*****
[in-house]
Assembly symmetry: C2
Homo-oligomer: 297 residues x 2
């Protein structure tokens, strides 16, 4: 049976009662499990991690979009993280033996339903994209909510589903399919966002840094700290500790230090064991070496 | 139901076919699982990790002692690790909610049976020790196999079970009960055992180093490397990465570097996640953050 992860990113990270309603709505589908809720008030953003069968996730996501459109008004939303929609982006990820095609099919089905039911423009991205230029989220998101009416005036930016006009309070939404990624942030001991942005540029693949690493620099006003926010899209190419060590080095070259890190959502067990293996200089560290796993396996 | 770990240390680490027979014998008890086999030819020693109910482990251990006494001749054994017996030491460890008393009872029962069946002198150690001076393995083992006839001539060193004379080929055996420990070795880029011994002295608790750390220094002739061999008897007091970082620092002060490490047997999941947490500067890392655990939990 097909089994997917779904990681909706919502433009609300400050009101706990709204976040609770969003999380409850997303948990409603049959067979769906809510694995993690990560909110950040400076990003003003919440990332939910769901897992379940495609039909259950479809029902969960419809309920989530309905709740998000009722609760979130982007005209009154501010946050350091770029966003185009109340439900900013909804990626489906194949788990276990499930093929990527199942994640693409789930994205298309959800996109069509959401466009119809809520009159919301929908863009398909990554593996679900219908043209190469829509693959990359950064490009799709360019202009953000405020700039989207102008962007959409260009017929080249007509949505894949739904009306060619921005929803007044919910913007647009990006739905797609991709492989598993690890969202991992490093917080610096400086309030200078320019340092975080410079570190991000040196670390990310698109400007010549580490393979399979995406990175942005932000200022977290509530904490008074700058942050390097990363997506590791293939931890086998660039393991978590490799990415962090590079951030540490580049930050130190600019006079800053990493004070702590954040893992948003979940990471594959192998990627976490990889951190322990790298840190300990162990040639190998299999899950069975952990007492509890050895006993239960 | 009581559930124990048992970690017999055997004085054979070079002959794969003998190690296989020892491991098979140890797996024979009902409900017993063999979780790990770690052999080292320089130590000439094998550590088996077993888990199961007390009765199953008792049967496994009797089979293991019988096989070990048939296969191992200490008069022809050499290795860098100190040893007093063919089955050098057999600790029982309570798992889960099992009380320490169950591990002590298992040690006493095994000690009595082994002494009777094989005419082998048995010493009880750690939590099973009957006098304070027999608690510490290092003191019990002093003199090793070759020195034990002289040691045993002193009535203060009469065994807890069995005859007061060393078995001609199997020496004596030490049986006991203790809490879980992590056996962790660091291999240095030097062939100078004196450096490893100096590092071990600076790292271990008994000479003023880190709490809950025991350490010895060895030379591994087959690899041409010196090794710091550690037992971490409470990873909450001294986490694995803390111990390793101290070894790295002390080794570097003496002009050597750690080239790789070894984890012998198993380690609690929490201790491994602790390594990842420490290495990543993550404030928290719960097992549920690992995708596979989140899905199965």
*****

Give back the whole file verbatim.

[in-house]
Assembly symmetry: C2
Homo-oligomer: 297 residues x 2
């Protein structure tokens, strides 16, 4: 049976009662499990991690979009993280033996339903994209909510589903399919966002840094700290500790230090064991070496 | 139901076919699982990790002692690790909610049976020790196999079970009960055992180093490397990465570097996640953050 992860990113990270309603709505589908809720008030953003069968996730996501459109008004939303929609982006990820095609099919089905039911423009991205230029989220998101009416005036930016006009309070939404990624942030001991942005540029693949690493620099006003926010899209190419060590080095070259890190959502067990293996200089560290796993396996 | 770990240390680490027979014998008890086999030819020693109910482990251990006494001749054994017996030491460890008393009872029962069946002198150690001076393995083992006839001539060193004379080929055996420990070795880029011994002295608790750390220094002739061999008897007091970082620092002060490490047997999941947490500067890392655990939990 097909089994997917779904990681909706919502433009609300400050009101706990709204976040609770969003999380409850997303948990409603049959067979769906809510694995993690990560909110950040400076990003003003919440990332939910769901897992379940495609039909259950479809029902969960419809309920989530309905709740998000009722609760979130982007005209009154501010946050350091770029966003185009109340439900900013909804990626489906194949788990276990499930093929990527199942994640693409789930994205298309959800996109069509959401466009119809809520009159919301929908863009398909990554593996679900219908043209190469829509693959990359950064490009799709360019202009953000405020700039989207102008962007959409260009017929080249007509949505894949739904009306060619921005929803007044919910913007647009990006739905797609991709492989598993690890969202991992490093917080610096400086309030200078320019340092975080410079570190991000040196670390990310698109400007010549580490393979399979995406990175942005932000200022977290509530904490008074700058942050390097990363997506590791293939931890086998660039393991978590490799990415962090590079951030540490580049930050130190600019006079800053990493004070702590954040893992948003979940990471594959192998990627976490990889951190322990790298840190300990162990040639190998299999899950069975952990007492509890050895006993239960 | 009581559930124990048992970690017999055997004085054979070079002959794969003998190690296989020892491991098979140890797996024979009902409900017993063999979780790990770690052999080292320089130590000439094998550590088996077993888990199961007390009765199953008792049967496994009797089979293991019988096989070990048939296969191992200490008069022809050499290795860098100190040893007093063919089955050098057999600790029982309570798992889960099992009380320490169950591990002590298992040690006493095994000690009595082994002494009777094989005419082998048995010493009880750690939590099973009957006098304070027999608690510490290092003191019990002093003199090793070759020195034990002289040691045993002193009535203060009469065994807890069995005859007061060393078995001609199997020496004596030490049986006991203790809490879980992590056996962790660091291999240095030097062939100078004196450096490893100096590092071990600076790292271990008994000479003023880190709490809950025991350490010895060895030379591994087959690899041409010196090794710091550690037992971490409470990873909450001294986490694995803390111990390793101290070894790295002390080794570097003496002009050597750690080239790789070894984890012998198993380690609690929490201790491994602790390594990842420490290495990543993550404030928290719960097992549920690992995708596979989140899905199965």